UEM Edgenta doubles down on technology to address dwindling margins

This article first appeared in The Edge Malaysia Weekly, on October 19, 2020 - October 25, 2020.
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THE closing of borders around the world because of the Covid-19 pandemic has forced many companies in the service industry to focus on their domestic markets in the interim. In the face of competition, a number of them are cutting prices at the expense of margins.

However, instead of competing on price, UEM Edgenta Bhd is doubling down on technology to offer better products and services, says CEO Syahrunizam Samsudin, adding that this is also a way to address the group’s rising cost structure.

“This (low-margin environment) is going to be with us, just like the pandemic is going to be with us for a while. [Rather than following the herd,] we are doubling down on technology — we have to learn to deal with this now,” he tells The Edge in an exclusive interview.

As a large company, UEM Edgenta likely has more leeway to play with margins, but Syahrunizam does not think that will help the group moving forward when it comes to investing in technology. Moreover, he believes that as a government-linked company (GLC), it has an important role to play.


“I think, always in this country, we sacrifice innovation and technology because we want to maintain assets within a certain cost envelope, which I think is unfortunate. In this current state and where we are today, we have to focus on technology more aggressively, not just for SMEs (small and medium enterprises) and e-commerce for example, but generally across the board. We have to do it and I think, as a GLC, this is one of our roles in defining the market,” he says.

Syahrunizam joined the board of UEM Edgenta in July, coming from e-wallet provider Touch ’n Go Sdn Bhd and prior to that, Scomi Group Bhd and Petroliam Nasional Bhd. The 47-year-old is described as a technophile, having set up Petronas’ first IT outsourcing company, and his wealth of experience in technology deployment is being harnessed by UEM Edgenta.

So, how will he ensure more technology adoption so that the group is more competitive?

One of the technology deployments that UEM Edgenta is currently piloting in Malaysian hospitals is a digital application called UETrack — a service that has been deployed in several hospitals in Singapore and Taiwan. The app allows real-time tracking of the work progress of UEM Edgenta’s field crew and hence, enables the next task to be assigned to available crew with the right equipment at the right location and time.

“The idea is to relieve the frontline workers and nurses from having to do that sort of administrative support work. These are major improvements in the way hospitals are run in terms of their own efficiency. And for our own people, we would be able to multitask better,” says Syahrunizam.

UEM Edgenta will also leverage the Internet of Things (IoT) such as drones to collect data points of its assets that are currently being deployed on the highways that it manages, as well as to inventorise the street lights and maintenance assets managed by the group.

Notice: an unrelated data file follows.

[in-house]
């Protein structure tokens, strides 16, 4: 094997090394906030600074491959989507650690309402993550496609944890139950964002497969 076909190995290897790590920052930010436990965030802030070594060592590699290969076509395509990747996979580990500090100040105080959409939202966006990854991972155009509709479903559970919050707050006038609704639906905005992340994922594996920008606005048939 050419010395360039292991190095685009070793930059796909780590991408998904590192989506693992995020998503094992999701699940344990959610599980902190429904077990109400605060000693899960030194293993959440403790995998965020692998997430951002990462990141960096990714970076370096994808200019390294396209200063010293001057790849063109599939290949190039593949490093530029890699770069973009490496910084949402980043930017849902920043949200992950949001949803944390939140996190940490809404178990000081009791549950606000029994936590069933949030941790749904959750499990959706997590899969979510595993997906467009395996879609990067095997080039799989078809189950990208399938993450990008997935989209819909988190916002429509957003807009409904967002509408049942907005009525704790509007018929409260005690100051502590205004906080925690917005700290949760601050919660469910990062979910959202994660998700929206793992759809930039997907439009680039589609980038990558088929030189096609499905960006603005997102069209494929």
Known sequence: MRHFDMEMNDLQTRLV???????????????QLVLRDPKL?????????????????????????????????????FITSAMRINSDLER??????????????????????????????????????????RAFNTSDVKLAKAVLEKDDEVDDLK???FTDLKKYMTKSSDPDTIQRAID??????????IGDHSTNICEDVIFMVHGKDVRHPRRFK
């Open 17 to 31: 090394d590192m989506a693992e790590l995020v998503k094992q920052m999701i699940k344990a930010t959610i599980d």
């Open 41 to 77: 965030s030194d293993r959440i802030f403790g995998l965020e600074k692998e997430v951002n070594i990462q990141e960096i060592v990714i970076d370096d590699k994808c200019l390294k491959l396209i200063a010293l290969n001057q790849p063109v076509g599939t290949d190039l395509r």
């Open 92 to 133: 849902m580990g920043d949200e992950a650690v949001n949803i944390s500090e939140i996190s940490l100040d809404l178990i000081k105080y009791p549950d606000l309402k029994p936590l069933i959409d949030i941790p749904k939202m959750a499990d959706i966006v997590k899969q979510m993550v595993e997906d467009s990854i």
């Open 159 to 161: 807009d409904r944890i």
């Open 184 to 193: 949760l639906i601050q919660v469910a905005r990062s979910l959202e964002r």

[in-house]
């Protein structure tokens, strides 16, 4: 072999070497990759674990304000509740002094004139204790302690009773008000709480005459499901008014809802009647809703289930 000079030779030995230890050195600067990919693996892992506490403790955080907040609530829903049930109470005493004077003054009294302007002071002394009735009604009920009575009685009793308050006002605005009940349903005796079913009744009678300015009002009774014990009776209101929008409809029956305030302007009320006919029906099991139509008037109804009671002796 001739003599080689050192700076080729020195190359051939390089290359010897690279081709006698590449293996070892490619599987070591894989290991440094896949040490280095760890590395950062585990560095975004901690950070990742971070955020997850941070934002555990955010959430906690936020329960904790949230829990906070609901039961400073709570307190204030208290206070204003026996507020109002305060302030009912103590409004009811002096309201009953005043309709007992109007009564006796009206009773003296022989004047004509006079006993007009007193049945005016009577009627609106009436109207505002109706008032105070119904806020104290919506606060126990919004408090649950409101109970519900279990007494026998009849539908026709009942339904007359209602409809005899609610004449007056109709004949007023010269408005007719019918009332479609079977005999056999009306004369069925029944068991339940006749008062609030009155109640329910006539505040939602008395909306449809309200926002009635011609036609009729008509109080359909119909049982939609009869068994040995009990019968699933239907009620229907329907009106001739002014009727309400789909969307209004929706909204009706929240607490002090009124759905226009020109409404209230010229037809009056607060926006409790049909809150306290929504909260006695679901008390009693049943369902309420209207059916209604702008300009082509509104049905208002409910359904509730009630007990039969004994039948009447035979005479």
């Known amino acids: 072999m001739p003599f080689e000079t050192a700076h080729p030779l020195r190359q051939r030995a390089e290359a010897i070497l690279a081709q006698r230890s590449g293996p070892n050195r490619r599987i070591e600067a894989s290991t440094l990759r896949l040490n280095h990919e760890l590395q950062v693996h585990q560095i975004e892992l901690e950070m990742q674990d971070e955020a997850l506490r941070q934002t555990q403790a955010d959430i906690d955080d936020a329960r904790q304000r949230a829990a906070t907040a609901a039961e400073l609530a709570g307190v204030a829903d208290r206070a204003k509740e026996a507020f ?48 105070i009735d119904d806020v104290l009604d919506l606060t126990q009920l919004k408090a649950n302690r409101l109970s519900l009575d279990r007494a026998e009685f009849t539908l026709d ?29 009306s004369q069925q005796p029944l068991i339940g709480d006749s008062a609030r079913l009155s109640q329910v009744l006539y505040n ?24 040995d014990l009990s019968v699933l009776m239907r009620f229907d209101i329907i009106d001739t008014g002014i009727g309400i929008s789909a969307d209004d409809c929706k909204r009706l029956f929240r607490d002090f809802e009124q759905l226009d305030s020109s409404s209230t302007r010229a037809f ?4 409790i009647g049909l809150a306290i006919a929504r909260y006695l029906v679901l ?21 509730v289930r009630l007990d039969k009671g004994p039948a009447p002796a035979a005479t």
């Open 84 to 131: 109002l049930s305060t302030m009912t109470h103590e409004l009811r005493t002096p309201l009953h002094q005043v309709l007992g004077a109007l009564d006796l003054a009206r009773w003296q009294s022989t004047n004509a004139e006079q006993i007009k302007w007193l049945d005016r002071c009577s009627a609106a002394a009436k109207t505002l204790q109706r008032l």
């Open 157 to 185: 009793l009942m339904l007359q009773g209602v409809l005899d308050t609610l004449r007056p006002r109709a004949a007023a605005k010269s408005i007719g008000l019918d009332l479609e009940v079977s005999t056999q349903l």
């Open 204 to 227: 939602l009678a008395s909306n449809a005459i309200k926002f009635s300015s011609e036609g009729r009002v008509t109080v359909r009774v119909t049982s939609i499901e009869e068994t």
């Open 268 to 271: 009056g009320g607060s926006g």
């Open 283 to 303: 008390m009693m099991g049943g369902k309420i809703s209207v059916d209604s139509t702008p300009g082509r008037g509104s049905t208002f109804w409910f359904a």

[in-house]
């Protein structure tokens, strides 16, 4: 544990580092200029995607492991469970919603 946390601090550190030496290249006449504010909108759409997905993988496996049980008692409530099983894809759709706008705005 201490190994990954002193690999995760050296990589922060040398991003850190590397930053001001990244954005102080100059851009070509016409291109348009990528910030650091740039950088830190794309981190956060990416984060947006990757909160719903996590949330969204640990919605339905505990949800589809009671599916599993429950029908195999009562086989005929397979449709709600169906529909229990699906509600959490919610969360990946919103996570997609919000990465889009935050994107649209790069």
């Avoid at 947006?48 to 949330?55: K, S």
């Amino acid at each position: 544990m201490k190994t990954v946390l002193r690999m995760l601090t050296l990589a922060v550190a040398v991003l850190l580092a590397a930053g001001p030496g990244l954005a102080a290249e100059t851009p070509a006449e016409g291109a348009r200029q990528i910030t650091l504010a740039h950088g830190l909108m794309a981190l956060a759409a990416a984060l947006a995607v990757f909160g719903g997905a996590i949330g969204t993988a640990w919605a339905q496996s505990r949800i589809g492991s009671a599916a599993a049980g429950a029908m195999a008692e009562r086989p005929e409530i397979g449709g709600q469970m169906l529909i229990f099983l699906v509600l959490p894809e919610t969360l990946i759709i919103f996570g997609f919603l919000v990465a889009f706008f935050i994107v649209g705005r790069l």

“The idea is that buildings and assets are remotely monitored through various mediums that collect this information, and then we use IoT to transmit the information to headquarters. In essence, to collect more and more data so that our data scientists can provide insights to our frontliners,” says Syahrunizam. He believes that by boosting the technology offerings in the contracts that UEM Edgenta participates in, it will allow the group to better price its products and services and enhance its margins.

Enhancing margins is important as the group’s gross profit margins are dwindling. In the six months ended June 30 (1HFY2020), gross profit margin fell to 11.9% from 19.2% in the same period a year ago.

The group registered a net loss of RM15.2 million for the period, compared with a net profit of RM68.1 million in 1HFY2019. However, the net loss came on the back of its recognition of RM50 million in impairments on unsold property inventories.

There are still more non-core assets to be impaired as its businesses are further rationalised, but Syahrunizam did not provide any details.

Without the impairment, UEM Edgenta would have reported a net profit of RM34.8 million and a meagre net profit margin of 3.66%, which is significantly lower than the previous corresponding period’s 6.13%. Syahrunizam says the group aims to lift the gross profit margin to between 16% and 17% and net profit margin to between 7% and 8%.

Even though margins are dwindling, he is unperturbed as UEM Edgenta has large contracts stretching over 10 years and an order book of RM12.2 billion. Year to date, it has secured RM900 million worth of hospital services contracts in Singapore and RM100 million in Taiwan.

Locally, it is exploring opportunities in the country’s rail development projects. Through its engineering and project management consultancy arm Opus, UEM Edgenta is participating in the Johor Baru-Singapore Rapid Transit System project.


Naturally, the Kuala Lumpur-Singapore High Speed Rail is an infrastructure development it is keen to participate in as a project management consultant. Similarly, it is eyeing Sarawak’s Kuching Urban Transit System project.

Internationally, the group’s focus will continue to be on Indonesia, India and the United Arab Emirates, apart from Singapore and Taiwan. It will use the UAE as a base to expand into the Middle East, especially Saudi Arabia, says Syahrunizam.

“We are building that plan now with my team in Dubai, but I don’t think it will be a short-term plan. Certainly, a lot of things are being evaluated under the current circumstances, but at least when [borders are] open again, we will be ready,” he adds.

 

 

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